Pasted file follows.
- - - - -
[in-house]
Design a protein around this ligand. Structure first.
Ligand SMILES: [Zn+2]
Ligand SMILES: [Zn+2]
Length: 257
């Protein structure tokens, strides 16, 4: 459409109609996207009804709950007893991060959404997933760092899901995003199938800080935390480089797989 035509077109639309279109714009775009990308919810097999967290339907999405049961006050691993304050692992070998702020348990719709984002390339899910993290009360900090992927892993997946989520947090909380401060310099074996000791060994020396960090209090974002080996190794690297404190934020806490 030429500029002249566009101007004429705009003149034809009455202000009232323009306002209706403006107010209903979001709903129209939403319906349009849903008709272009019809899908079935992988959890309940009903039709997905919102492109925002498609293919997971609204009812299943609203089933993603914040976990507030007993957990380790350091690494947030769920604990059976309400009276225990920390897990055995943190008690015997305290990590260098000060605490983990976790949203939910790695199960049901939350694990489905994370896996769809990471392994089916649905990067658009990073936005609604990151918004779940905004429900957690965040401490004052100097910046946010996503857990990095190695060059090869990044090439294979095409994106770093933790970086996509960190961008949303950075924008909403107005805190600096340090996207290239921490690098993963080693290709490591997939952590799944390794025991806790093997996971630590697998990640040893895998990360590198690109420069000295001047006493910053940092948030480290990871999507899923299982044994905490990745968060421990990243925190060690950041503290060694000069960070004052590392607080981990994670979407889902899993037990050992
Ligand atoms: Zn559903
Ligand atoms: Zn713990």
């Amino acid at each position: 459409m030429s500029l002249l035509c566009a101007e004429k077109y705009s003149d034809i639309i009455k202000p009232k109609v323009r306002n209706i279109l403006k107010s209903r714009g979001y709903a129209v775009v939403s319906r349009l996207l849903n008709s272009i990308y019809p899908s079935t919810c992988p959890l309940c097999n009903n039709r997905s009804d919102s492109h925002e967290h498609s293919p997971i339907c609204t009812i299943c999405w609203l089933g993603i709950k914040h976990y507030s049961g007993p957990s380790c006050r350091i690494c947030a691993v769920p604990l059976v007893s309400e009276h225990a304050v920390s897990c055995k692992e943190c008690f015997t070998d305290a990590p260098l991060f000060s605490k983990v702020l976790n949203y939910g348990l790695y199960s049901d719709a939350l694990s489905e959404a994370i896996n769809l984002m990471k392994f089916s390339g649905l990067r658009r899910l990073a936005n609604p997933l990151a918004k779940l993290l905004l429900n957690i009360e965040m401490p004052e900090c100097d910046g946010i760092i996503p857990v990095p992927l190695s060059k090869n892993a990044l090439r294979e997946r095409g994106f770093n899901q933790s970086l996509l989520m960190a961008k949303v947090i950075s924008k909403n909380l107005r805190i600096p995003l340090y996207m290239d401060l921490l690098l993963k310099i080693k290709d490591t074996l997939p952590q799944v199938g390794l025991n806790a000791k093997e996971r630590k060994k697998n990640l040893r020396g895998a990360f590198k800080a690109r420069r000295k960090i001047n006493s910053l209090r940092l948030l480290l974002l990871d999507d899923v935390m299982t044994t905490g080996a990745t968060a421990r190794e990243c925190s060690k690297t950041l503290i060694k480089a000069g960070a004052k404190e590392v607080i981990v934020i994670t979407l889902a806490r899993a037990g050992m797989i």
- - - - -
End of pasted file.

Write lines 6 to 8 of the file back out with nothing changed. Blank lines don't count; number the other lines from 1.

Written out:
């Protein structure tokens, strides 16, 4: 459409109609996207009804709950007893991060959404997933760092899901995003199938800080935390480089797989 035509077109639309279109714009775009990308919810097999967290339907999405049961006050691993304050692992070998702020348990719709984002390339899910993290009360900090992927892993997946989520947090909380401060310099074996000791060994020396960090209090974002080996190794690297404190934020806490 030429500029002249566009101007004429705009003149034809009455202000009232323009306002209706403006107010209903979001709903129209939403319906349009849903008709272009019809899908079935992988959890309940009903039709997905919102492109925002498609293919997971609204009812299943609203089933993603914040976990507030007993957990380790350091690494947030769920604990059976309400009276225990920390897990055995943190008690015997305290990590260098000060605490983990976790949203939910790695199960049901939350694990489905994370896996769809990471392994089916649905990067658009990073936005609604990151918004779940905004429900957690965040401490004052100097910046946010996503857990990095190695060059090869990044090439294979095409994106770093933790970086996509960190961008949303950075924008909403107005805190600096340090996207290239921490690098993963080693290709490591997939952590799944390794025991806790093997996971630590697998990640040893895998990360590198690109420069000295001047006493910053940092948030480290990871999507899923299982044994905490990745968060421990990243925190060690950041503290060694000069960070004052590392607080981990994670979407889902899993037990050992
Ligand atoms: Zn559903
Ligand atoms: Zn713990």